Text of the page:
Reports have it that a popular inscription of late on coffee mugs and t-shirts is “wise Latina woman.”
The reference, of course, is to U.S. Supreme Court Justice Sonia Sotomayor’s contention in a 2001 lecture that “a wise Latina woman with the richness of her experiences would more often than not reach a better conclusion than a white male who hasn’t lived that life.” The comment was much discussed during the hearings that preceded Justice Sotomayor’s confirmation. While purchasers of the shirts and mugs are likely only taking ethnic pride in the Justice, who is of Puerto Rican ancestry, the comment is worth pondering. It may even hold a thought of particular value to Jews.
The idea of a judge’s personal experience influencing – enhancing or degrading – his or her judgment is intriguing. To be sure, a victim of a violent crime might not make the best judge in the case of someone accused of the same sort of crime, or an acceptable juror. That is why there are judicial recusals and jury disqualifications.
But the question of whether our general objectivity is necessarily skewed by who we are is less obviously clear. All of us, after all, are different, not only in our experiences and influences but in our essential psychologies. Must we divorce ourselves from all that in order to evaluate anything objectively?
Obviously not. The Torah, and for that matter secular jurisprudence, allows for flesh-and-blood people, with lives and experiences, to be judges. And, for that matter, all of us are required daily to make judgments in our personal lives.
At the same time, though, judges – and all of us – must consciously endeavor to be sensitive to the possibility of bias in any particular case. The illustrious Rabbi Yishmael, a sage of the Tannaic era, had a sharecropper who, as part of his obligation to the landowner-sage, would bring him a basket of fruit from the rabbi’s land every Friday. The Talmud (Ketuvot, 105b) recounts how, one week, the worker brought the fruit to him on a Thursday.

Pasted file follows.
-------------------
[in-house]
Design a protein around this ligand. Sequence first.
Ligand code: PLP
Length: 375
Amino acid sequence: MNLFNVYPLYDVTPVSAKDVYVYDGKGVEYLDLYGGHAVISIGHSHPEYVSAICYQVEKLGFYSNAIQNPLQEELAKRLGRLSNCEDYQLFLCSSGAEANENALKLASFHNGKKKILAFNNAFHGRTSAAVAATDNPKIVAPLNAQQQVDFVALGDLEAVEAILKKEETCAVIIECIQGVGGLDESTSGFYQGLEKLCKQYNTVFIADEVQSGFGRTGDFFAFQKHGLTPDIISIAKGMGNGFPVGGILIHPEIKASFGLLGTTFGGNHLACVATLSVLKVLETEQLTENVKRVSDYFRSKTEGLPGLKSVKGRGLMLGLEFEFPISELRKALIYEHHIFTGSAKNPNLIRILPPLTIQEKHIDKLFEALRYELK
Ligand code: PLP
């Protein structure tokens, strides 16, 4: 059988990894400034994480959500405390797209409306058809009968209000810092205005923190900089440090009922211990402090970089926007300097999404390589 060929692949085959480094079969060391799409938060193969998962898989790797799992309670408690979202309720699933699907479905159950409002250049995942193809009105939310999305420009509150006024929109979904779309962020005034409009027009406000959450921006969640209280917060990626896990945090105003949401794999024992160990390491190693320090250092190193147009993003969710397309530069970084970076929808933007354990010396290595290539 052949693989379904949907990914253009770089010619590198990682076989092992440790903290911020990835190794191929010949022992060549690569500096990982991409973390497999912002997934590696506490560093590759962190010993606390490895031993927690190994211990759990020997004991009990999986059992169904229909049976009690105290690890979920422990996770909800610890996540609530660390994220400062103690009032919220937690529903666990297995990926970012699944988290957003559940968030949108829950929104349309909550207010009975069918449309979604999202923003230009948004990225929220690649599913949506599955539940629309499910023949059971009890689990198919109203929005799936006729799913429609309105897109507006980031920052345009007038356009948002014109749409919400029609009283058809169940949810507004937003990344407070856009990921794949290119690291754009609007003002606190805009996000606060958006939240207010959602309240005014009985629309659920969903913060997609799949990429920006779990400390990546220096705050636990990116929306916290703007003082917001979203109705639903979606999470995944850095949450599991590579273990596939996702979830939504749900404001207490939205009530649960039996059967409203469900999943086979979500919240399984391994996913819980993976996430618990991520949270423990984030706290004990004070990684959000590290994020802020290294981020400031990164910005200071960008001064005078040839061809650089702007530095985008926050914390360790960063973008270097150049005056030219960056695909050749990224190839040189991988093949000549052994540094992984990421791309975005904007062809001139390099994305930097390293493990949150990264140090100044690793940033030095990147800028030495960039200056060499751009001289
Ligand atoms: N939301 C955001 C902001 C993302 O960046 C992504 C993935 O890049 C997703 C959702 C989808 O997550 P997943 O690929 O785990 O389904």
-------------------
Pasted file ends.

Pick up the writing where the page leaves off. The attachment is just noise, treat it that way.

When Rabbi Yishmael asked why, the worker explained that he was party to a court case before the rabbi that day and thought that he may as well bring the fruit then too. Rabbi Yishmael immediately recused himself from the sharecropper’s case.
Although the account’s lesson is about the subtlety with which bribery can operate, personal bias too is a form of bribe. Rabbi E.E. Dessler notes that just as a scientist cannot draw meaningful conclusions from an experiment unless his measuring instruments are true, so are we constrained from making objective judgments when our psychological instruments are off kilter. Such imbalance can take the form of inherent character flaws or prejudice, racial or otherwise. And it, no less than a monetary bribe, “blinds,” as the Torah words it, “the eyes of the wise” (Deuteronomy, 16:19).
What Judge Sotomayor seemed to say in 2001 was that her perspective – as a woman, a Hispanic, a “wise” person – makes her a better judge. It, of course, does not. While none of those attributes need undermine objectivity, neither do any of them ensure it.
To her credit, the then-nominee backed away from the implication of her earlier statement, saying that “judges can’t rely on what’s in their heart. They don’t determine the law… The job of a judge is to apply the law… [not to] apply feelings to facts.”
Which brings us to the Jews. Or, better, to Judaism.
The Jewish faith is a system of both beliefs and laws, and, like all laws, Judaism’s are meant to be applied objectively. To be sure, there are instances where certain empathetic concerns can yield leniencies. In a kashrut case, for example, if hewing to the normative approach in particular situations will result in a great financial loss, it may be proper to adopt a more lenient one. Or, if a married man goes missing and is suspected to have died, certain evidentiary rules are waived for testimony about the man’s death, so that his wife may remarry. But those leniencies exist within the law, and when they can be invoked is itself the subject of law and precedent. Where there is no such recourse, empathy is insufficient to supplant the law. We are admonished to “not favor the poor man in his dispute” (Exodus, 23:3). The job of a judge, as Judge Sotomayor rightly concluded, is to apply law, not feelings.
It is common these Jewish days to read of how this or that group or individual is promoting a new, more “sensitive,” “contemporary” or “caring” approach to halacha.
And all too many Jews, falling into the conceptual trap from which Judge Sotomayor laudably extricated herself, imagine that empathy and compassion can only enhance the application of a system of law, not erode it.
It’s an enticing place to go, sending out a siren-song for the sensitive. But it’s sensitivity to truth, in the end, that matters.
That’s the case with man-made laws; all the more so, Divine ones.
© 2009 AM ECHAD RESOURCES
[Rabbi Shafran is director of public affairs for Agudath Israel of America.]
All Am Echad Resources essays are offered without charge for personal use and sharing, and for publication with permission, provided the above copyright notice is appended.